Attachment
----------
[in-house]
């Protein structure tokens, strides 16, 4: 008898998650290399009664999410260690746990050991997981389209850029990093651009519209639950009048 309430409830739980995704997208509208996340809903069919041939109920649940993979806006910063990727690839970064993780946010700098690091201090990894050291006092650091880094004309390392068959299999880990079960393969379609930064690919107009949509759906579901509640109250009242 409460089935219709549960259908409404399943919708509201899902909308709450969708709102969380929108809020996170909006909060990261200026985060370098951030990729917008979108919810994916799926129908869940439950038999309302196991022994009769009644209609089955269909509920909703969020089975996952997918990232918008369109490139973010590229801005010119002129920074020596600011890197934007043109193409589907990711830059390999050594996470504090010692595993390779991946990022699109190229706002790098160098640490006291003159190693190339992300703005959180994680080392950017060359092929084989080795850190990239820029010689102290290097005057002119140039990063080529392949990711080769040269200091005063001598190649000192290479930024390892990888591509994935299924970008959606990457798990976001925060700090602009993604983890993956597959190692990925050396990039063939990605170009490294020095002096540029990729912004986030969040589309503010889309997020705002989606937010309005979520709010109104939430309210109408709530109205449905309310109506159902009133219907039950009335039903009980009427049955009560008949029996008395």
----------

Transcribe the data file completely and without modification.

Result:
[in-house]
């Protein structure tokens, strides 16, 4: 008898998650290399009664999410260690746990050991997981389209850029990093651009519209639950009048 309430409830739980995704997208509208996340809903069919041939109920649940993979806006910063990727690839970064993780946010700098690091201090990894050291006092650091880094004309390392068959299999880990079960393969379609930064690919107009949509759906579901509640109250009242 409460089935219709549960259908409404399943919708509201899902909308709450969708709102969380929108809020996170909006909060990261200026985060370098951030990729917008979108919810994916799926129908869940439950038999309302196991022994009769009644209609089955269909509920909703969020089975996952997918990232918008369109490139973010590229801005010119002129920074020596600011890197934007043109193409589907990711830059390999050594996470504090010692595993390779991946990022699109190229706002790098160098640490006291003159190693190339992300703005959180994680080392950017060359092929084989080795850190990239820029010689102290290097005057002119140039990063080529392949990711080769040269200091005063001598190649000192290479930024390892990888591509994935299924970008959606990457798990976001925060700090602009993604983890993956597959190692990925050396990039063939990605170009490294020095002096540029990729912004986030969040589309503010889309997020705002989606937010309005979520709010109104939430309210109408709530109205449905309310109506159902009133219907039950009335039903009980009427049955009560008949029996008395």